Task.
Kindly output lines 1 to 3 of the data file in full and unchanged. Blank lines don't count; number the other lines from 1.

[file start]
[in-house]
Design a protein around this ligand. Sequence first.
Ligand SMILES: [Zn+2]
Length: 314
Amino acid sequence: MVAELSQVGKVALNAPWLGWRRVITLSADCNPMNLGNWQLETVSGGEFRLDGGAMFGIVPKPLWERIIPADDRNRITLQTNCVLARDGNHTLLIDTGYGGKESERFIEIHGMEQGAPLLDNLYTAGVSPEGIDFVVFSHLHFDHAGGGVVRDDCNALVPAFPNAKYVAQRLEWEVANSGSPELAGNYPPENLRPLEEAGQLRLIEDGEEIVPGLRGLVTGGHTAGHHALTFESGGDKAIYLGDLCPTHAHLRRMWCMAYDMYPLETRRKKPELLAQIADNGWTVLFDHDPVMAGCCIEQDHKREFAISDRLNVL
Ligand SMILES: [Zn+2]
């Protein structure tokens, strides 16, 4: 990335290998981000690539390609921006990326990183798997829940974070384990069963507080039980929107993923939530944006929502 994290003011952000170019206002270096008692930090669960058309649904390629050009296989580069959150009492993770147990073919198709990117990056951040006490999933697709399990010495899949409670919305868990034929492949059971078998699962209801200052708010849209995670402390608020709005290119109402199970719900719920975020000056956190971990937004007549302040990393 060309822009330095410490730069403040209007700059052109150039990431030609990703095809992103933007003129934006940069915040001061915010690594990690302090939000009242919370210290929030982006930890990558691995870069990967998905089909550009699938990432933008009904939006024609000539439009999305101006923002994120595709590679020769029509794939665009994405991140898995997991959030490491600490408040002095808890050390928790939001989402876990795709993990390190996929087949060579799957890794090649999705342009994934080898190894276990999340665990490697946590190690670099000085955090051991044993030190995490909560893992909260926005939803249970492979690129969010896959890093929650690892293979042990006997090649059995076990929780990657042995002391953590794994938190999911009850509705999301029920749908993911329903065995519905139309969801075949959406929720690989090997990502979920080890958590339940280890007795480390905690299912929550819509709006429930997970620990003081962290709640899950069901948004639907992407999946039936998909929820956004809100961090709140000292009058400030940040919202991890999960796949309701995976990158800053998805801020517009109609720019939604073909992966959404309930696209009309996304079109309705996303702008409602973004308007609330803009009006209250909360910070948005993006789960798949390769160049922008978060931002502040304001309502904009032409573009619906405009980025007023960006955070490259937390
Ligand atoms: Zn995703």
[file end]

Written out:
[in-house]
Design a protein around this ligand. Sequence first.
Ligand SMILES: [Zn+2]